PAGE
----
John belonged to a great many scientific organisations and he was elected to Fellowships of the Royal Society of Chemistry (1982), the Royal Australian Chemical Institute (Fellow 1986, President 2000), the Australian Institute of Physics (1986), the Royal Society of London (1993), and the Australian Academy of Science (1991).[8] Other awards include the H. G. Smith Medal (1997) and the Leighton Medal (2005) both from the RACI, and the Craig Medal (2005) awarded by the Australian Academy of Science.

John received the award of a CMG from the Queen in 1981, in recognition of his contribution as Director of Institut Laue-Langevin. More recently he received a Centenary Medal in 2001 and was appointed an Officer of the Order of Australia in 2016.


John White was a very distinguished scientist and I counted it a privilege to have known him and to have had his example of Christian integrity in the modern academic world.

John’s career spanned world-class research, high-level administration, and extensive engagement across important scientific committees and endeavours. John was known for his tireless energy. He was a mentor and a role model to many, always willing to share his knowledge and expertise. His energy was infectious and his commitment to good science was an example for us all to follow. He was always enthusiastic about science and keen to see new facilities that would lead to enhanced scientific understanding. While visiting the European Spallation Source (ESS) in Sweden last June, it was reported that he was as keen as ever to know the facility was progressing.

Many of us are grateful for the generous hospitality John and Ailsa provided in their Canberra home as well as hosting ISCAST planning meetings from time-to-time.

John died peacefully in his garden in Canberra on 16th August 2023. He will be very much missed by many in the soft matter and scattering communities around the world, by his many friends in ISCAST and beyond, and above all by Ailsa, his wife of more than 57 years, and the extended White family.

I close with a fine tribute from Stephen Henderson, a former member of John’s research group at ANU:

“I worked with John from 1986 to 1989 at the RSC/ANU. It was the best working experience of my career. The amazing standouts with John were that (a) he was a man of integrity (not the norm unfortunately), and (b) his incredible family who lived right across the road. Even though he traveled extensively in his job, he made things work at home to raise his kids as model people (teenagers at that time), and of course, accredited this outcome mostly to his wife Ailsa, who is another awesome individual.”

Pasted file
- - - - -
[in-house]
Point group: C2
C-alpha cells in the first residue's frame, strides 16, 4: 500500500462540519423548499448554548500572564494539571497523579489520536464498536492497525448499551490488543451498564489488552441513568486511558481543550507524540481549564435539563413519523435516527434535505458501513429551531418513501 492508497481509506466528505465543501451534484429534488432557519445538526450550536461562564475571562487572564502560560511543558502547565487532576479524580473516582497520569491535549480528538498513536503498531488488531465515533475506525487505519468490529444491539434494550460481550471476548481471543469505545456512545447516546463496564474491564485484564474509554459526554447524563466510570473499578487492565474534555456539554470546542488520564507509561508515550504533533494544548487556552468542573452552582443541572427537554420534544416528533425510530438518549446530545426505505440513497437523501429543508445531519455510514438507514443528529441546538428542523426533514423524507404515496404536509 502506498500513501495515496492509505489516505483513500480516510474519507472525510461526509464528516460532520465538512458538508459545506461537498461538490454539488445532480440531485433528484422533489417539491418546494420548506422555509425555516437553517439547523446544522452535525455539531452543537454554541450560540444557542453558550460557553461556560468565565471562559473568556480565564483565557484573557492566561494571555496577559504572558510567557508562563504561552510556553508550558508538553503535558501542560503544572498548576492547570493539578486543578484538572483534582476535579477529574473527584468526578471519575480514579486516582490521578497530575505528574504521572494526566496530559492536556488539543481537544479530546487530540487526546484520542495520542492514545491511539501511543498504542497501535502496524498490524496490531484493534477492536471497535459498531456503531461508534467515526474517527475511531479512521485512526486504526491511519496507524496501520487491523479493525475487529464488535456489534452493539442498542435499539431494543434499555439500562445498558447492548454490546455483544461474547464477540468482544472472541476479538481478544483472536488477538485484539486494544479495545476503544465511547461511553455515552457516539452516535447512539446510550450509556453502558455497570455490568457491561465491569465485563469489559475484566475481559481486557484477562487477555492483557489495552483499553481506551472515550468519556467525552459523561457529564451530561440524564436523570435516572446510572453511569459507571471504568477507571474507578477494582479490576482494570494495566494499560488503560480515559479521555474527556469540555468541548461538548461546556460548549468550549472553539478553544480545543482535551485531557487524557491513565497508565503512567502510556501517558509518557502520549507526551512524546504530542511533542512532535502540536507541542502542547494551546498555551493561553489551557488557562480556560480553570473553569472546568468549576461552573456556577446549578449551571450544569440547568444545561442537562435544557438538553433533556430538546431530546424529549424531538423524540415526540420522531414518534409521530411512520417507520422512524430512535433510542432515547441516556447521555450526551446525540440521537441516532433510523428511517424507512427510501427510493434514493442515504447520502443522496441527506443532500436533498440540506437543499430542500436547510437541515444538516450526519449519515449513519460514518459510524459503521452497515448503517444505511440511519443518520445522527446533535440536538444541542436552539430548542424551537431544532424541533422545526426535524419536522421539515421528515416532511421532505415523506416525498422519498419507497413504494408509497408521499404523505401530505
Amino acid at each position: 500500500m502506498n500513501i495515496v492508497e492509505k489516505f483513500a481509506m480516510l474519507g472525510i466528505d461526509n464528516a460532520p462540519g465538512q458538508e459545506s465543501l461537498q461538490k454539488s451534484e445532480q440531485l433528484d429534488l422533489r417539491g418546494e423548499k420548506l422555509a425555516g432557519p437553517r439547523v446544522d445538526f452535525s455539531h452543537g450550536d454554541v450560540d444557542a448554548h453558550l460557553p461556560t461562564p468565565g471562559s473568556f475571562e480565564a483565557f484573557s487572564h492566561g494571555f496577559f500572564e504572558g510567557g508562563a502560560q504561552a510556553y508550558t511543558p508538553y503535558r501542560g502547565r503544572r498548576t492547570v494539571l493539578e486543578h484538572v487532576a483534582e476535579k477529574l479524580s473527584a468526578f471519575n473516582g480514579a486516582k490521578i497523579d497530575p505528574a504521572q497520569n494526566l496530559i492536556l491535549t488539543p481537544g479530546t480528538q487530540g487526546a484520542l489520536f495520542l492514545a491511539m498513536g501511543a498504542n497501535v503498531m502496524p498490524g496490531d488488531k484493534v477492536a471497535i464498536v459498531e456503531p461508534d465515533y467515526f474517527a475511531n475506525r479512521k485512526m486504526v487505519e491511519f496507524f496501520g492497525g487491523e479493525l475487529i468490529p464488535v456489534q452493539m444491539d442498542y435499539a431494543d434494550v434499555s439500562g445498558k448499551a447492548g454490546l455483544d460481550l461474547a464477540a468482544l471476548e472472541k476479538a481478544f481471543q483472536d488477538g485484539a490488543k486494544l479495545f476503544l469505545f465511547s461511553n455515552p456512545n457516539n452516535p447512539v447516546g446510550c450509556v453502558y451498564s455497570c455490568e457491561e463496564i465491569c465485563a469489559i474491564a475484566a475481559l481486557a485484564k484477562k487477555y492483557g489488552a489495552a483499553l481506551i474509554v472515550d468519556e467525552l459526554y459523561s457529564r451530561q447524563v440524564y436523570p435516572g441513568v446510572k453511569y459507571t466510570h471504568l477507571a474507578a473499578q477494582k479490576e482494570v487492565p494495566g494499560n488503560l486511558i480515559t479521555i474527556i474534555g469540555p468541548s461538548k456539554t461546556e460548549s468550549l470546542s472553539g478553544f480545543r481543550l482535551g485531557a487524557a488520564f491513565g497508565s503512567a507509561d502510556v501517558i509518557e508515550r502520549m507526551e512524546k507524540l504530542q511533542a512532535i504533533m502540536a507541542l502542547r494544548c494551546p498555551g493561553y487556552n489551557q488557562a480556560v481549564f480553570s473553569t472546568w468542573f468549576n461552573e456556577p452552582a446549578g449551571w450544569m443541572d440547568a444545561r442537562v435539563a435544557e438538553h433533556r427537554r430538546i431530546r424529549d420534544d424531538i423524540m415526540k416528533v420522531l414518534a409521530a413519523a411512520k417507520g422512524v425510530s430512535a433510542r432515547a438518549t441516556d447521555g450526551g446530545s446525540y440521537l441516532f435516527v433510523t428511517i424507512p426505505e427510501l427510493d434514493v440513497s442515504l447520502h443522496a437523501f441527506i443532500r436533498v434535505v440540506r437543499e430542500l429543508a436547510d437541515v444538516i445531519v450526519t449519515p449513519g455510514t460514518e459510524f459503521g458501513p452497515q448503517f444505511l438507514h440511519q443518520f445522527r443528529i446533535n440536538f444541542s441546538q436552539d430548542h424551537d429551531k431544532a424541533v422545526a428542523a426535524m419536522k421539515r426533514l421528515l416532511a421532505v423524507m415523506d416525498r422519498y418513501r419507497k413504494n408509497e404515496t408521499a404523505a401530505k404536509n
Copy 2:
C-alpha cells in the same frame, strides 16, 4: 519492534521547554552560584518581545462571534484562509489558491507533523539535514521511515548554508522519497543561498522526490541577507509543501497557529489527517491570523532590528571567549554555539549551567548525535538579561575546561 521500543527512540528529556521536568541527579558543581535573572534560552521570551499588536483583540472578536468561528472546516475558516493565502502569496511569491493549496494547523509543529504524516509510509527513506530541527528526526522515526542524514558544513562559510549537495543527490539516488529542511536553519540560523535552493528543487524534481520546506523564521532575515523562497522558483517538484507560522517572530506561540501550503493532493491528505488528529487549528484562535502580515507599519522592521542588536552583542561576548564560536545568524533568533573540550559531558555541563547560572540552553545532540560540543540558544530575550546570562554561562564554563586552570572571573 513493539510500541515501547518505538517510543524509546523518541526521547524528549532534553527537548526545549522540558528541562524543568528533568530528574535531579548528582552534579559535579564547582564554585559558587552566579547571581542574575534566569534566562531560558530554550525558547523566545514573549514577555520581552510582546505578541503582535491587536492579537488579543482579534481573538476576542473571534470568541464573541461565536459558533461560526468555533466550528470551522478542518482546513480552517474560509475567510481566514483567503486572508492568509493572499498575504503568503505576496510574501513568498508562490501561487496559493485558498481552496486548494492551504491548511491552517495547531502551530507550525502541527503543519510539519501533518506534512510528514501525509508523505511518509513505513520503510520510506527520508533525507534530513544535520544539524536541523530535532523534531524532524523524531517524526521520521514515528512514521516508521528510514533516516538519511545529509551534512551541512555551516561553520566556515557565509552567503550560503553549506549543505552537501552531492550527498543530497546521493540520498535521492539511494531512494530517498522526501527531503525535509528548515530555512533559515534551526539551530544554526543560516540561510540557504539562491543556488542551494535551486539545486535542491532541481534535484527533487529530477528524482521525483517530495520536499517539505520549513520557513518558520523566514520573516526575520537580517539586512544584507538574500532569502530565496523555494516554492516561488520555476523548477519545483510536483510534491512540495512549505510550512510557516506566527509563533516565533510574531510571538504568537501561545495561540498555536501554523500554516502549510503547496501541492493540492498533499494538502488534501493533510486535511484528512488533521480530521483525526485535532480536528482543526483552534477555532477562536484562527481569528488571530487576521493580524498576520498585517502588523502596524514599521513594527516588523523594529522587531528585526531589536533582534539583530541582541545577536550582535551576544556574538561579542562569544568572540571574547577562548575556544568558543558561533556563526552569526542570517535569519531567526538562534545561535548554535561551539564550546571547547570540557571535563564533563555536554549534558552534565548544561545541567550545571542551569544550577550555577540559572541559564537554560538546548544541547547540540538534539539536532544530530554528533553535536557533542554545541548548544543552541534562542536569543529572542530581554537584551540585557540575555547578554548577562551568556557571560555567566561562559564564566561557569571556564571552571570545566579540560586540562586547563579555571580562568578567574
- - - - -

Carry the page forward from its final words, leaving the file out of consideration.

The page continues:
There is so much more that could have been said!

This tribute to the late Professor John White CMG AO FAA FRS is by Emeritus Professor John Pilbrow who first met John at a Research Scientists’ Fellowship Meeting in Oxford back in November 1961. John is Emeritus Professor of Physics at Monash University, winner of the 1998 Bruker Prize for EPR Spectroscopy, and President of ISCAST from 2006 to 2009.

[1]    Another member of the Oxford RSCF was Dr (later Sir) John Houghton FRS then newly appointed head of Atmospheric Science at Oxford, later Director of the UK Met Office. A key player in the establishment of the IPCC and lead author of the first three IPCC Reports. The two Johns remained good friends.

[2]    On checking through some old files recently I discovered that Professor Lawrie Lyons, Founding President of ISCAST, also attended.

[3]    As recorded in the History of ISCAST, there was no active organisation at the faith–science interface in Australia at that time.

[4]    Then called FASTS but now titled STA (Science & Technology Australia)

[5]    John had known Prof Lawrie Lyons FAA, Professor of Physical Chemistry, University of Queensland, who spearheaded the establishment of ISCAST, from his time at Sydney University 1954-8.

[6]    AEA – the UK Atomic Energy Authority.

[7]    The AONSA citation reads: “For his seminal contributions to the use of neutrons in understanding molecules at interfaces, molecular crystals and self-assembly, for his visionary leadership in establishing the Asia-Oceania neutron scattering community and state-of-art neutron facilities including OPAL, and for his devoted mentoring of young scientists.”

[8]          The Australian Academy Citation when John was elected FAA in 1991 reads as follows: “John White has shown how neutron scattering can provide precise details of molecular structure and dynamics on the picosecond timescale, for a wide range of molecular liquids in the bulk and at interfaces, as well as for molecular solids and polymers. By combining high resolution measurements and contrast variation methods for simplifying spectra, the work has allowed previously intractable systems to be studied and demonstrated the scope and appropriateness of allied computer simulation methods. He has made the only studies of phonon dispersion in crystalline polymers, has shown how physiosorption and interacalation modify molecular dynamics, and first observed molecular quantum mechanical rotational tunnelling at interfaces. His work demonstrated early on, that at silicate–water interfaces water diffusion is but weakly affected and has generalised this understanding to lamellar liquid crystals and swollen model membranes.”

John served on the Academy’s Council and on EXCOM (Executive Committee) as Secretary for Science Policy from 1997 to 2001. He devoted much time to the Academy, accepting over 40 appointments to committees up until 2021, including national committees, the finance committee, sectional committees, awards committees and exchange committees.